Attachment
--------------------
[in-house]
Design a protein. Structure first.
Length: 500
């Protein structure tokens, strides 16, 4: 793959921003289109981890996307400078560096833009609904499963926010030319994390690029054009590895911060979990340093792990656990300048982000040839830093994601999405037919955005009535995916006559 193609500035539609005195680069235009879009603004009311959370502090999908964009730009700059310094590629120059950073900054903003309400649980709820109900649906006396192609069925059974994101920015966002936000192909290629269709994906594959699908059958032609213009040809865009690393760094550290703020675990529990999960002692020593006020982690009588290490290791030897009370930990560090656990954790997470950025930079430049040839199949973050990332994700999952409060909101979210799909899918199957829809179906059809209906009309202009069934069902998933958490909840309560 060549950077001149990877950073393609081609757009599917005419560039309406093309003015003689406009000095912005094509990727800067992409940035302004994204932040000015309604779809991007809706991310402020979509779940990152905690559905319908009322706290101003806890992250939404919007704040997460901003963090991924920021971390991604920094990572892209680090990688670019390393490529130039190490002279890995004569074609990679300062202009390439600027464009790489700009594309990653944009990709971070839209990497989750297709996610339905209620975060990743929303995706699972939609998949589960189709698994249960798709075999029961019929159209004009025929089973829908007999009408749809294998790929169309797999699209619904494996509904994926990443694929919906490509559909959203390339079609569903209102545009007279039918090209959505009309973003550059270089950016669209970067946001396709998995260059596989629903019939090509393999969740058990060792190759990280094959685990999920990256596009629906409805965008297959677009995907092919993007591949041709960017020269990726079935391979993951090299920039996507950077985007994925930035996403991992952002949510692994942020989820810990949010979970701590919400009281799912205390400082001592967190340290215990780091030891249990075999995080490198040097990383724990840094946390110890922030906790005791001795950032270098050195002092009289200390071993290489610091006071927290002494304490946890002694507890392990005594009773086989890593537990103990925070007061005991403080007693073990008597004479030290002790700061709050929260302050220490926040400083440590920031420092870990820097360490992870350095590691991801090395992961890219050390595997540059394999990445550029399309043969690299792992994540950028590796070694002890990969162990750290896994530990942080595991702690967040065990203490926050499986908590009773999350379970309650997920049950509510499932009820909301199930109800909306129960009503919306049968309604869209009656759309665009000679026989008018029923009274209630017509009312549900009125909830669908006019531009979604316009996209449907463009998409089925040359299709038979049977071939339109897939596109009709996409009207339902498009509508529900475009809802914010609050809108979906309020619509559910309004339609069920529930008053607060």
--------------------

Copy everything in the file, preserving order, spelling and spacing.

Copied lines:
[in-house]
Design a protein. Structure first.
Length: 500
């Protein structure tokens, strides 16, 4: 793959921003289109981890996307400078560096833009609904499963926010030319994390690029054009590895911060979990340093792990656990300048982000040839830093994601999405037919955005009535995916006559 193609500035539609005195680069235009879009603004009311959370502090999908964009730009700059310094590629120059950073900054903003309400649980709820109900649906006396192609069925059974994101920015966002936000192909290629269709994906594959699908059958032609213009040809865009690393760094550290703020675990529990999960002692020593006020982690009588290490290791030897009370930990560090656990954790997470950025930079430049040839199949973050990332994700999952409060909101979210799909899918199957829809179906059809209906009309202009069934069902998933958490909840309560 060549950077001149990877950073393609081609757009599917005419560039309406093309003015003689406009000095912005094509990727800067992409940035302004994204932040000015309604779809991007809706991310402020979509779940990152905690559905319908009322706290101003806890992250939404919007704040997460901003963090991924920021971390991604920094990572892209680090990688670019390393490529130039190490002279890995004569074609990679300062202009390439600027464009790489700009594309990653944009990709971070839209990497989750297709996610339905209620975060990743929303995706699972939609998949589960189709698994249960798709075999029961019929159209004009025929089973829908007999009408749809294998790929169309797999699209619904494996509904994926990443694929919906490509559909959203390339079609569903209102545009007279039918090209959505009309973003550059270089950016669209970067946001396709998995260059596989629903019939090509393999969740058990060792190759990280094959685990999920990256596009629906409805965008297959677009995907092919993007591949041709960017020269990726079935391979993951090299920039996507950077985007994925930035996403991992952002949510692994942020989820810990949010979970701590919400009281799912205390400082001592967190340290215990780091030891249990075999995080490198040097990383724990840094946390110890922030906790005791001795950032270098050195002092009289200390071993290489610091006071927290002494304490946890002694507890392990005594009773086989890593537990103990925070007061005991403080007693073990008597004479030290002790700061709050929260302050220490926040400083440590920031420092870990820097360490992870350095590691991801090395992961890219050390595997540059394999990445550029399309043969690299792992994540950028590796070694002890990969162990750290896994530990942080595991702690967040065990203490926050499986908590009773999350379970309650997920049950509510499932009820909301199930109800909306129960009503919306049968309604869209009656759309665009000679026989008018029923009274209630017509009312549900009125909830669908006019531009979604316009996209449907463009998409089925040359299709038979049977071939339109897939596109009709996409009207339902498009509508529900475009809802914010609050809108979906309020619509559910309004339609069920529930008053607060």